b&w museums and my failures with film

The first time I ever used black and white film, I was at the Portland Art Museum using my Olympus 30 RC point & shoot camera. This camera was the absolute bane of my existence. I got it for $15 at a garage sale, and I could not figure out how to focus the thing. Turns out, you can’t really focus point and shoot cameras, thus the name. Learning film is a process, folks, and I am only just beginning. (PS – if anyone knows something about how the focus works on this camera, I would love to hear about it!)

Fortunately, some of these pictures turned out, and I discovered a love for shooting black and white film at artistic locations. I tried doing a second roll on that camera and the film jammed and I accidentally ruined the entire roll trying to get it unjammed. Third time’s the charm, though, right? Wrong.

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There were a couple more failed attempts at capturing life on this camera. I got my film back from the Tulip Festival and cried when not one single shot came out focused.
 

I came very close to giving up entirely, and then I turned around within the hour and bought a Pentax K1000 off of Craigslist. Within the next hour I was downtown at the local university taking trial pictures.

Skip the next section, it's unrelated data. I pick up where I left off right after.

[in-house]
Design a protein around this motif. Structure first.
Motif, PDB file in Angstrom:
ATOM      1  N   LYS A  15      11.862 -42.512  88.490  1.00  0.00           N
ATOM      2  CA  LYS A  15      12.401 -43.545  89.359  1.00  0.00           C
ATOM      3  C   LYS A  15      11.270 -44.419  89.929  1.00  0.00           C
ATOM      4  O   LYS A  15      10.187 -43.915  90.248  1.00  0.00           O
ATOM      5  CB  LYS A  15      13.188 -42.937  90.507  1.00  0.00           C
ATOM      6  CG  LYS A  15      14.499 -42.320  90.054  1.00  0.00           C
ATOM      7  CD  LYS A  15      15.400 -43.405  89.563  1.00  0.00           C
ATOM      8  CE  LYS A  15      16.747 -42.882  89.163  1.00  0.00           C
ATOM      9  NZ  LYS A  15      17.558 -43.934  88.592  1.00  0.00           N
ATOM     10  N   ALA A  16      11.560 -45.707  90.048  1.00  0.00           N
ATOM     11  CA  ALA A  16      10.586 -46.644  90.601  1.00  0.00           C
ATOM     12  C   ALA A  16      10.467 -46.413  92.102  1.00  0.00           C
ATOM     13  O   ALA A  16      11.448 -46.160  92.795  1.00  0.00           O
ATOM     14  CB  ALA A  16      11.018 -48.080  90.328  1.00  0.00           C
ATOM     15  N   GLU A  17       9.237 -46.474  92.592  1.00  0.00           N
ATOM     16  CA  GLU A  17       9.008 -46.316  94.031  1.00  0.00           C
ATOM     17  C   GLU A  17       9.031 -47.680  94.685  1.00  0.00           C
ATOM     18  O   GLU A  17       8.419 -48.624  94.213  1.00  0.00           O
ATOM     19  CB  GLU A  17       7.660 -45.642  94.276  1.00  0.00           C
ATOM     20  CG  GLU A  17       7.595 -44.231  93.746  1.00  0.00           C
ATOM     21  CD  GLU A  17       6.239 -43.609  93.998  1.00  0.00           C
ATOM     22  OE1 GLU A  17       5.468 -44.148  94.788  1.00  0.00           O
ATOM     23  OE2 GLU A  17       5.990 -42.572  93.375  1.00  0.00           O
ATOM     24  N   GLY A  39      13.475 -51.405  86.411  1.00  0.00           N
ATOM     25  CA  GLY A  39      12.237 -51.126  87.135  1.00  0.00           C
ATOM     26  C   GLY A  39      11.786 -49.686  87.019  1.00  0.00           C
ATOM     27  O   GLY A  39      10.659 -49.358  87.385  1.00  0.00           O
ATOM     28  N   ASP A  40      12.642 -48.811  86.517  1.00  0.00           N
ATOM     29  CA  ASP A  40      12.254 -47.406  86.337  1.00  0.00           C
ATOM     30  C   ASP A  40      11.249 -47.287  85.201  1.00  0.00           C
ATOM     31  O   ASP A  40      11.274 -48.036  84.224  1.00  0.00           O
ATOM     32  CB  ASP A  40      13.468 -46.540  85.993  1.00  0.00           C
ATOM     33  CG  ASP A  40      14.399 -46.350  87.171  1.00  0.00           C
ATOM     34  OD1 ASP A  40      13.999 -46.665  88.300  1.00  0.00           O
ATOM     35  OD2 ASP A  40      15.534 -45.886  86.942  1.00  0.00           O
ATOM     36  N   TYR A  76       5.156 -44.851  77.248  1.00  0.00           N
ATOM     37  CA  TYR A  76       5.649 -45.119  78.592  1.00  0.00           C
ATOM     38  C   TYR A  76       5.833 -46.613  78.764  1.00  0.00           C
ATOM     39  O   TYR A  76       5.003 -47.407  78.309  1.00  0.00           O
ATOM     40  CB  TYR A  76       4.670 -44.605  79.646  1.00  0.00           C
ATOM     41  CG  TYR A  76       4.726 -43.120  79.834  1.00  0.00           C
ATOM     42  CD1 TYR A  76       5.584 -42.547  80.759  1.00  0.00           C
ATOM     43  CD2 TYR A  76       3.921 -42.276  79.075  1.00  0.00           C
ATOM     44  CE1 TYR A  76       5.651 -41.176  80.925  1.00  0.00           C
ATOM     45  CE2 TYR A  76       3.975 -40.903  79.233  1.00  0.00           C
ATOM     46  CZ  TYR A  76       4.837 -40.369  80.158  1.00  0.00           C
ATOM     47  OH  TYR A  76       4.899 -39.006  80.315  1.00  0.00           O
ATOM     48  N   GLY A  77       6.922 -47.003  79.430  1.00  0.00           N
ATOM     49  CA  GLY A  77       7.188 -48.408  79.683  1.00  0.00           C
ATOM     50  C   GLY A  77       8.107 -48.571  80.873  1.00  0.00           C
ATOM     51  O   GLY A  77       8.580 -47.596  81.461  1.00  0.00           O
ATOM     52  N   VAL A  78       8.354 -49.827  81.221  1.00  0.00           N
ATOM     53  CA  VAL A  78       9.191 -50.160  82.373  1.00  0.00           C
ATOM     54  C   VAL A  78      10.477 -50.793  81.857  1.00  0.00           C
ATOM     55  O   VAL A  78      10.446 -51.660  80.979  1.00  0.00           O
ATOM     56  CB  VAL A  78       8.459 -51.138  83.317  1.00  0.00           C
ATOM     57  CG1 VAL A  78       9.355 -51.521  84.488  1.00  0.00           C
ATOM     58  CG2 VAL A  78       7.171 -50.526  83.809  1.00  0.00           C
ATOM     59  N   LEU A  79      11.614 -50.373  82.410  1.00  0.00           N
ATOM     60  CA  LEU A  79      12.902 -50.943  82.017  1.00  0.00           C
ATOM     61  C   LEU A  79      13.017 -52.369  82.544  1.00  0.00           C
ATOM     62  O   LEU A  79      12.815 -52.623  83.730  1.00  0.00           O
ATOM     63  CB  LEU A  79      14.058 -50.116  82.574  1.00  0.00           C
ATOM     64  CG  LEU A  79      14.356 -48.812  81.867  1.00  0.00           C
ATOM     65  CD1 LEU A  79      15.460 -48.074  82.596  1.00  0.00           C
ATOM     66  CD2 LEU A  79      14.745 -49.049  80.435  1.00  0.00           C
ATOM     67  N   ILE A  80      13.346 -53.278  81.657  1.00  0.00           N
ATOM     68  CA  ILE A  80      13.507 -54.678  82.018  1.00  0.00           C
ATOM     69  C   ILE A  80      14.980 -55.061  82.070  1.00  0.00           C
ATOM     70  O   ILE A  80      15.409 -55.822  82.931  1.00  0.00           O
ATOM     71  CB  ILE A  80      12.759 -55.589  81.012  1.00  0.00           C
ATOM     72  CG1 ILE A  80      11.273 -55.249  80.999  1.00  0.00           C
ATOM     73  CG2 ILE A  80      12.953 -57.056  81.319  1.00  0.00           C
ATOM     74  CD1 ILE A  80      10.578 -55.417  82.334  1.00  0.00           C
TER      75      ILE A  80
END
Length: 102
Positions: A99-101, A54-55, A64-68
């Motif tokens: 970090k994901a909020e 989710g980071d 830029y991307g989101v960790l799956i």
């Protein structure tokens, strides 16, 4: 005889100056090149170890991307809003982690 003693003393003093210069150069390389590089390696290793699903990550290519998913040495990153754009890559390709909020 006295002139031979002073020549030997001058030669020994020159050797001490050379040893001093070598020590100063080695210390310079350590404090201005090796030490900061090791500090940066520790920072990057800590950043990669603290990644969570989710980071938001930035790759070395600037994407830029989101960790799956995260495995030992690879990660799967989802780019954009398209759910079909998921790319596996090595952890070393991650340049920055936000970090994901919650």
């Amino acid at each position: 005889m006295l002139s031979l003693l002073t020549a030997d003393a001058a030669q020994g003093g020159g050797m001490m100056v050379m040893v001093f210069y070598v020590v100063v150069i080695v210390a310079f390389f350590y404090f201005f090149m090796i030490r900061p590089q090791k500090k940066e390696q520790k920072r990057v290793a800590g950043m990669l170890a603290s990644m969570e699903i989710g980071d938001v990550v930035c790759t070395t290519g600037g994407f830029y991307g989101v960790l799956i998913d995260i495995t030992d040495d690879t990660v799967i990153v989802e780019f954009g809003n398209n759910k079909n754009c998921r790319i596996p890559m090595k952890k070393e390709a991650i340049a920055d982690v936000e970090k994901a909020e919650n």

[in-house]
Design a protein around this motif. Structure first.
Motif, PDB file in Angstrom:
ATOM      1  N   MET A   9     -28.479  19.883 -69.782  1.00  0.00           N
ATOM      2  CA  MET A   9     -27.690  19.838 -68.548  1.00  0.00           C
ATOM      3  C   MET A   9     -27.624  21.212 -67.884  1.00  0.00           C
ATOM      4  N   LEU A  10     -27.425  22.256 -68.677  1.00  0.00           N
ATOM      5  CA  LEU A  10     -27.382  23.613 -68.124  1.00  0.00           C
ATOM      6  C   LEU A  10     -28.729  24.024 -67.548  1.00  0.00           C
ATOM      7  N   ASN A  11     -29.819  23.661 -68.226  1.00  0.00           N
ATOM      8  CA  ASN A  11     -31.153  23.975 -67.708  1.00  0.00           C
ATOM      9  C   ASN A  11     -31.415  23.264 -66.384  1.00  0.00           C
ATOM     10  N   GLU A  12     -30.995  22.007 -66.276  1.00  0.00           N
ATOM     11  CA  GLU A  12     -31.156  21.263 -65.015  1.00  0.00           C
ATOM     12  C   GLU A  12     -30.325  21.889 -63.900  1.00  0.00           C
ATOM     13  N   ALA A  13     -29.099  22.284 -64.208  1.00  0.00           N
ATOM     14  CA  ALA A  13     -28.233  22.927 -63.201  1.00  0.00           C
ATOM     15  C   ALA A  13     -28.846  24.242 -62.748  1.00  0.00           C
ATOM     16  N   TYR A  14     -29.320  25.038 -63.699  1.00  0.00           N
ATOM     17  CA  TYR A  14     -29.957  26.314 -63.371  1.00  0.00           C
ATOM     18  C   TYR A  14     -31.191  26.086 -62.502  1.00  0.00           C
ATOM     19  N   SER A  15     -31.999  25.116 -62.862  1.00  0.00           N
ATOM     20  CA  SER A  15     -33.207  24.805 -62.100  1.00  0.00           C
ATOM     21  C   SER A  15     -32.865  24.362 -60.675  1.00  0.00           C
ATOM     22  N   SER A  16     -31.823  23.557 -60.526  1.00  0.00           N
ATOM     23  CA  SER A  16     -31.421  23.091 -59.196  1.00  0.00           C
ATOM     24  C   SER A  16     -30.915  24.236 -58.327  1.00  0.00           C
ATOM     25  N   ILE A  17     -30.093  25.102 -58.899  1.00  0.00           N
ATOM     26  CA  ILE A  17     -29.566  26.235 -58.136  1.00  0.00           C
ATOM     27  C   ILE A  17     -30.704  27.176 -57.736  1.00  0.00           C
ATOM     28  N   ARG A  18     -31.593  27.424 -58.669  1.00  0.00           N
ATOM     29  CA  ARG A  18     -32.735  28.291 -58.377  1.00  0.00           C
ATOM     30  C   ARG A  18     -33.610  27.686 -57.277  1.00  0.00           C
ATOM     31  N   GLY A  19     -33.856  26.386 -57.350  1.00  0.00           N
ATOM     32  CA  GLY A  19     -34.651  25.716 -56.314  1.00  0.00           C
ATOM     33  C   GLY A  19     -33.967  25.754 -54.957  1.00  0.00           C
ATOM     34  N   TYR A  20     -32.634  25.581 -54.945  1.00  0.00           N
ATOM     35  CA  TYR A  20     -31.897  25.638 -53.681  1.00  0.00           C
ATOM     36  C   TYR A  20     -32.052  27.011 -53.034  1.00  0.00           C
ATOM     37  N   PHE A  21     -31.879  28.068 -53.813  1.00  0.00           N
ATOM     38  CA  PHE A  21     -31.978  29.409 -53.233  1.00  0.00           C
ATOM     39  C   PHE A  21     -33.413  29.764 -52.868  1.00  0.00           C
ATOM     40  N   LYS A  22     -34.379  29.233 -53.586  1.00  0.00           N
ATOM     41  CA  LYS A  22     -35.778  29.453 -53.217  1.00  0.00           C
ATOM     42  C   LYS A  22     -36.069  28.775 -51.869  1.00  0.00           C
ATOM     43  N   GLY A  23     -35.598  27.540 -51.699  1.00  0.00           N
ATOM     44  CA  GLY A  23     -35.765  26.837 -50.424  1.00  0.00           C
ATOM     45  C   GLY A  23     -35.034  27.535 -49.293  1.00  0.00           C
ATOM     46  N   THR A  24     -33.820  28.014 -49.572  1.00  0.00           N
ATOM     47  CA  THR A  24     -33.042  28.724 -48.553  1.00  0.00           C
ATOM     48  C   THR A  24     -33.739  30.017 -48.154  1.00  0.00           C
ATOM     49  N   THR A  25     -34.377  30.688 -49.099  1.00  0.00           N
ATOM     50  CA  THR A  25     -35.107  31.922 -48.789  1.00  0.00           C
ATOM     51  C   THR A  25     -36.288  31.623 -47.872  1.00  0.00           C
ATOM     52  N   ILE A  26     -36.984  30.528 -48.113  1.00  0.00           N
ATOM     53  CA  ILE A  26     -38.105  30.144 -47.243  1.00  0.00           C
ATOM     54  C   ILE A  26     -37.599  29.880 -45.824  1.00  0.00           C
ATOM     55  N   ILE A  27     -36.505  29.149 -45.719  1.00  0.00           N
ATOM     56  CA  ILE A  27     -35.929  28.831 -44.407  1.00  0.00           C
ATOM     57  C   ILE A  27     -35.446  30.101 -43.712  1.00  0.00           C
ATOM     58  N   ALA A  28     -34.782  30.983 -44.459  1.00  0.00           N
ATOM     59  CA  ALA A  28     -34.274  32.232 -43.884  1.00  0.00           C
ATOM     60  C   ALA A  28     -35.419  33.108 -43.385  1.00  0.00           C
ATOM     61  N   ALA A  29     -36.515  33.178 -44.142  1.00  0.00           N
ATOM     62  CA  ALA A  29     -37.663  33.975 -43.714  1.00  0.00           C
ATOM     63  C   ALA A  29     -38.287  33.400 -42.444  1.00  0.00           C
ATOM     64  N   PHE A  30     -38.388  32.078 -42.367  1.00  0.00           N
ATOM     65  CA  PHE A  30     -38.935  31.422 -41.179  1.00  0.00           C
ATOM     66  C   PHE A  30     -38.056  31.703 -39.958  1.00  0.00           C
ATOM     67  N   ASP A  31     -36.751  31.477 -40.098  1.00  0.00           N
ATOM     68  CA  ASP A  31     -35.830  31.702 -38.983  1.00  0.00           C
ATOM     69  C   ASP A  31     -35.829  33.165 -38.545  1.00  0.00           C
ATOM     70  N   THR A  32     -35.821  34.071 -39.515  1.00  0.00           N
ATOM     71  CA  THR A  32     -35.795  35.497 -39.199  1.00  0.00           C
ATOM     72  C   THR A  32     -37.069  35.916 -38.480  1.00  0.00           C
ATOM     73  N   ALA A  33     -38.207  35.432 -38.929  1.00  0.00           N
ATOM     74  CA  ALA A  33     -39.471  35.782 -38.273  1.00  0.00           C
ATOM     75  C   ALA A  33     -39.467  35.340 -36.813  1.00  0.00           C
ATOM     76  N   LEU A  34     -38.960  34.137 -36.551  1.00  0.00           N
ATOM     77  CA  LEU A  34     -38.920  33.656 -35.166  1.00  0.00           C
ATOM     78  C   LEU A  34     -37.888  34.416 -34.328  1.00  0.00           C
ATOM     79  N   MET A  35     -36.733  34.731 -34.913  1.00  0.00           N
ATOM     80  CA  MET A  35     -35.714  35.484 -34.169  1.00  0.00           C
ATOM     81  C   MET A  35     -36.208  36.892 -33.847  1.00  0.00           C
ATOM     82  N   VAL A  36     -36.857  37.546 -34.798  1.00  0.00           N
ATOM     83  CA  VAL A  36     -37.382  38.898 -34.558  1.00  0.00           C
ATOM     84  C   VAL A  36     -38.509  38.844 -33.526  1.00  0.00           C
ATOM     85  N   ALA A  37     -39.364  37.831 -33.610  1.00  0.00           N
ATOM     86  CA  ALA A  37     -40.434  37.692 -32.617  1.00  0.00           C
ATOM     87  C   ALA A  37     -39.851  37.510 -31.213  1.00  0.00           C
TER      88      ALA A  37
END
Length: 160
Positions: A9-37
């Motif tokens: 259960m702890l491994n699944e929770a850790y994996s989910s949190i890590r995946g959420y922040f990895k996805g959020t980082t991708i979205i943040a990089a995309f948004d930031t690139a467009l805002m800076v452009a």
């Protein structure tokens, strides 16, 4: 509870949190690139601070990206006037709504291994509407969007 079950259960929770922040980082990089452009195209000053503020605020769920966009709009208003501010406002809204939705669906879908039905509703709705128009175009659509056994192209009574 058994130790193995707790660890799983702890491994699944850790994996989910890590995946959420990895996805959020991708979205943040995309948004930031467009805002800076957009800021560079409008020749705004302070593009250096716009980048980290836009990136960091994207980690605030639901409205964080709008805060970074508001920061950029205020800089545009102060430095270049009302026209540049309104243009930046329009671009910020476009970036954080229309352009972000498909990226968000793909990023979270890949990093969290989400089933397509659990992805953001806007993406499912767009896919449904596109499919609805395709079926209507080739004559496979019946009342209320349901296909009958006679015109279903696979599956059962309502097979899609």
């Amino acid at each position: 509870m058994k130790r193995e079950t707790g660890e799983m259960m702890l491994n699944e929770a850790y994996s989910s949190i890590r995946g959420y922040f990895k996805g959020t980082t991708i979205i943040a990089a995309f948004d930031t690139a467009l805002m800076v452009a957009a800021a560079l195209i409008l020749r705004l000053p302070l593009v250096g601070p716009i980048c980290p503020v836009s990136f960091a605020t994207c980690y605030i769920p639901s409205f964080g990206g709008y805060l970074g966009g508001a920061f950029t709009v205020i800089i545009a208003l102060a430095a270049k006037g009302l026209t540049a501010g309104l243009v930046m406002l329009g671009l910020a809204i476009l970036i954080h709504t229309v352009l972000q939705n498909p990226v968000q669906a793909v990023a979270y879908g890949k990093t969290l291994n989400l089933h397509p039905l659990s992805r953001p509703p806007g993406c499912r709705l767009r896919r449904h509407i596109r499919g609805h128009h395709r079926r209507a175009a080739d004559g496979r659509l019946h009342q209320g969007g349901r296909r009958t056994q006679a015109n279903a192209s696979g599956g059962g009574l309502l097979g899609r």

After I got these shots back, I was relieved that I could actually figure out how to focus images. These pictures gave me hope that I could actually get better. The rest has been a learning experience with many patient friends and family as I tried out different shots at different locations with different people, many times in rivers or the rain (sorry Adriana). But one thing I never gave up on was taking black and white photos at museums. So when I got to go to The Getty with my family a few weeks ago, I saw an opportunity to redeem myself.

Not all of the pictures turned out perfect or even completely in focus, but it’s a step forward. There’s something unique about taking photos of art and removing the color. It forces you to look at the simple shape and construction of the works – how do the shadows work together to make up the figure? What is it that determines how a piece makes someone really feel? What shapes did the artist prioritize?